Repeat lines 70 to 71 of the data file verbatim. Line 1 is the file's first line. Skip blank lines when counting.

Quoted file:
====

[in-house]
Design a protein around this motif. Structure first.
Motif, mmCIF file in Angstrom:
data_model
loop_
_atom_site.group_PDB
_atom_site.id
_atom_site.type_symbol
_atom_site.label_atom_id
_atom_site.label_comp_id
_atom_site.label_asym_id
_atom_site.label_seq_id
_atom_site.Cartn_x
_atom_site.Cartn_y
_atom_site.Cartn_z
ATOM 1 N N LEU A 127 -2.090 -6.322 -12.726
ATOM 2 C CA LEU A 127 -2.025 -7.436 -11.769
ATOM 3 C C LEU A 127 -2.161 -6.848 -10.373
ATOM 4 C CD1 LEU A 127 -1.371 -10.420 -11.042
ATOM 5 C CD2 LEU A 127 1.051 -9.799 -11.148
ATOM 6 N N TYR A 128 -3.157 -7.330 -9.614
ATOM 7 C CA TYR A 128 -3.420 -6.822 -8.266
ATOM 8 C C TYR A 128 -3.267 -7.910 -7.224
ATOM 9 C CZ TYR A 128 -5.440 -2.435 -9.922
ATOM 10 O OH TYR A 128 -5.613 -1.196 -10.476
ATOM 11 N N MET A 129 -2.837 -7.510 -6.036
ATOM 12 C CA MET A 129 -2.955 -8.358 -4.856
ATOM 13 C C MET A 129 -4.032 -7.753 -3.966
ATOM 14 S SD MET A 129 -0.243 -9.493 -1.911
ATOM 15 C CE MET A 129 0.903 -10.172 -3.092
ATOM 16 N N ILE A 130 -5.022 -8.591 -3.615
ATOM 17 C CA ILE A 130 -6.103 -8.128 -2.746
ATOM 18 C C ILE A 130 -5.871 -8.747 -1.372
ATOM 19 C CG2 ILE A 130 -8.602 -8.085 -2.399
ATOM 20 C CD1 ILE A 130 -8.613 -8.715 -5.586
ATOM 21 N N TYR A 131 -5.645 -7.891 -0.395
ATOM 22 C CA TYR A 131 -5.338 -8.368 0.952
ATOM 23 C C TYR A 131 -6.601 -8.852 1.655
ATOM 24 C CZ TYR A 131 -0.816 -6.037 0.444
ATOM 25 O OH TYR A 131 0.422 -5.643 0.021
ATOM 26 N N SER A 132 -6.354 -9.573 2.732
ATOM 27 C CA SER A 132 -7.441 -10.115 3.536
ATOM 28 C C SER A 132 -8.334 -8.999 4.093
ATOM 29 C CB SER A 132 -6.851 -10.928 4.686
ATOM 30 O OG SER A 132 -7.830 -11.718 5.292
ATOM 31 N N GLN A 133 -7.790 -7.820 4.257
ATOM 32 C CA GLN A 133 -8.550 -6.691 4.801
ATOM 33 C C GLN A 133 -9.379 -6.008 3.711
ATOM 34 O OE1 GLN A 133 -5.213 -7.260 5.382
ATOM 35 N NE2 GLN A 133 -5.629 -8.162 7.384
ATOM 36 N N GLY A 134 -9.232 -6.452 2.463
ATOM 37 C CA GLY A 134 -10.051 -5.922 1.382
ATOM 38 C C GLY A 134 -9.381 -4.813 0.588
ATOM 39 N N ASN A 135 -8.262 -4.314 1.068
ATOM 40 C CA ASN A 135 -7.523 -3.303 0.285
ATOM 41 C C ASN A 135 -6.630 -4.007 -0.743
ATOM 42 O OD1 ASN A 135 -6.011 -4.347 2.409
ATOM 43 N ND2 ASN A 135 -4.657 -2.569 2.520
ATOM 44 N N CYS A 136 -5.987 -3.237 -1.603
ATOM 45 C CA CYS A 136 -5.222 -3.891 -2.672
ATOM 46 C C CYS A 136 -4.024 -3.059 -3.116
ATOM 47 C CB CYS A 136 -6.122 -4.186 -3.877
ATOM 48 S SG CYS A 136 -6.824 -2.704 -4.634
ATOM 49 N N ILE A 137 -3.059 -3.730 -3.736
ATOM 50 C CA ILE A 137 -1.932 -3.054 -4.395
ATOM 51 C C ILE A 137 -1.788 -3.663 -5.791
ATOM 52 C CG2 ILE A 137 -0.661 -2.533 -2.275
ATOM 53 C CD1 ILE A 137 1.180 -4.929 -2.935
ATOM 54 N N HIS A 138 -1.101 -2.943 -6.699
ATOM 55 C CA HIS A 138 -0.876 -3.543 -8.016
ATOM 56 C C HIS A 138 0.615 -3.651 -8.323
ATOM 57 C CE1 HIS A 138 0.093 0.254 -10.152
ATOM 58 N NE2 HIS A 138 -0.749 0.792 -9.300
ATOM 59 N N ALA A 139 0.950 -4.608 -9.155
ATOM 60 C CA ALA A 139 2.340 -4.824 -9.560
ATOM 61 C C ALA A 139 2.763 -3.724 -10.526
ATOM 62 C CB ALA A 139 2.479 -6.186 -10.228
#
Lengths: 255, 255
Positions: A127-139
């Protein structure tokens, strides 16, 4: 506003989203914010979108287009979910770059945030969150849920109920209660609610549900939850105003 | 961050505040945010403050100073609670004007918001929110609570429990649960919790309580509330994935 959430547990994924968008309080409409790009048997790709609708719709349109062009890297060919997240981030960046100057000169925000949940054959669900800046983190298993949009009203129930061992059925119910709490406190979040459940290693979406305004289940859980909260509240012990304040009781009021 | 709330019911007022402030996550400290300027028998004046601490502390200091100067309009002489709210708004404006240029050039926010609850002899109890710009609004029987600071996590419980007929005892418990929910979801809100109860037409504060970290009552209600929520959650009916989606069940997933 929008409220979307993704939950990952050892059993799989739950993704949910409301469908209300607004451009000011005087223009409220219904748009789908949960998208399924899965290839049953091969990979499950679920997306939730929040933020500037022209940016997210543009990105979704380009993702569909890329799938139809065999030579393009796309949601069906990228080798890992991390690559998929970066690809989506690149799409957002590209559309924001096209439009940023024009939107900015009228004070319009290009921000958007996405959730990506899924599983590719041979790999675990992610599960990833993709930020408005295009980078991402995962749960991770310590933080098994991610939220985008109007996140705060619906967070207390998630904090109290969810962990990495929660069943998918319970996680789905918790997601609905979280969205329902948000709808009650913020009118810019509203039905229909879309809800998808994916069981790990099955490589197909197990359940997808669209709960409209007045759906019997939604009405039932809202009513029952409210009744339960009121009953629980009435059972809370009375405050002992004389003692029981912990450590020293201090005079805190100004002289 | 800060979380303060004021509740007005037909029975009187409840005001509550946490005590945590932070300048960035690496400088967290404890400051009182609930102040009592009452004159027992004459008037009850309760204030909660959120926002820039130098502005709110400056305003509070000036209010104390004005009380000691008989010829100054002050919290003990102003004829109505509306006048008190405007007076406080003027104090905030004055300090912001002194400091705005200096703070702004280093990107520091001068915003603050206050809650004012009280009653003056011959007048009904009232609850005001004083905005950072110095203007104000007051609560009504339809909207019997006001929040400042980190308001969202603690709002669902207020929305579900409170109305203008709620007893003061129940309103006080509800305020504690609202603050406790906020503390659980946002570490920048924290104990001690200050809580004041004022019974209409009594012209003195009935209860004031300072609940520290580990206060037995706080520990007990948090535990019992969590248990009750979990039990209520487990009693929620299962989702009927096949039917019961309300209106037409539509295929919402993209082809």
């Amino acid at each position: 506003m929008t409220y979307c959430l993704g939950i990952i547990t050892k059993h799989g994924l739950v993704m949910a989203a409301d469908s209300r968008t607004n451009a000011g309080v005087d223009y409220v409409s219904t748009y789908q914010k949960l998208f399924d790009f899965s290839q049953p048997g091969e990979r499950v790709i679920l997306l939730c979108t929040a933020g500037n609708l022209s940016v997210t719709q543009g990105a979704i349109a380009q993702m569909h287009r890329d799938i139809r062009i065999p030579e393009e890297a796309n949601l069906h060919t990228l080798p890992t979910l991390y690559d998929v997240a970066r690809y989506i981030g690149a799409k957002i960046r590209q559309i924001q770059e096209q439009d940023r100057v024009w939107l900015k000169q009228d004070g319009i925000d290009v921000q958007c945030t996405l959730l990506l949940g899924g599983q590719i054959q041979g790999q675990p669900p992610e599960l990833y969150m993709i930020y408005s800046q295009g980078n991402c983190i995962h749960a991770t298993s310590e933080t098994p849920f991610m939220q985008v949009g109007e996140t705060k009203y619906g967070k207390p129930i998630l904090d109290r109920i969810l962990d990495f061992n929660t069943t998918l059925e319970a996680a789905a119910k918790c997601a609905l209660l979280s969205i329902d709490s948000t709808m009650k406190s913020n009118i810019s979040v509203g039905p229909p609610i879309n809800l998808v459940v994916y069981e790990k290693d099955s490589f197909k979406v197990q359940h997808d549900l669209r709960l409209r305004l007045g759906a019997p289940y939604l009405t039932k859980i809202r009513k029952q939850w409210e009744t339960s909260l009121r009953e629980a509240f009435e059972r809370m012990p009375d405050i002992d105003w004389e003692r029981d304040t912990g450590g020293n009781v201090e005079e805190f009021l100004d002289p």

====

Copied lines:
ATOM 55 C CA HIS A 138 -0.876 -3.543 -8.016
ATOM 56 C C HIS A 138 0.615 -3.651 -8.323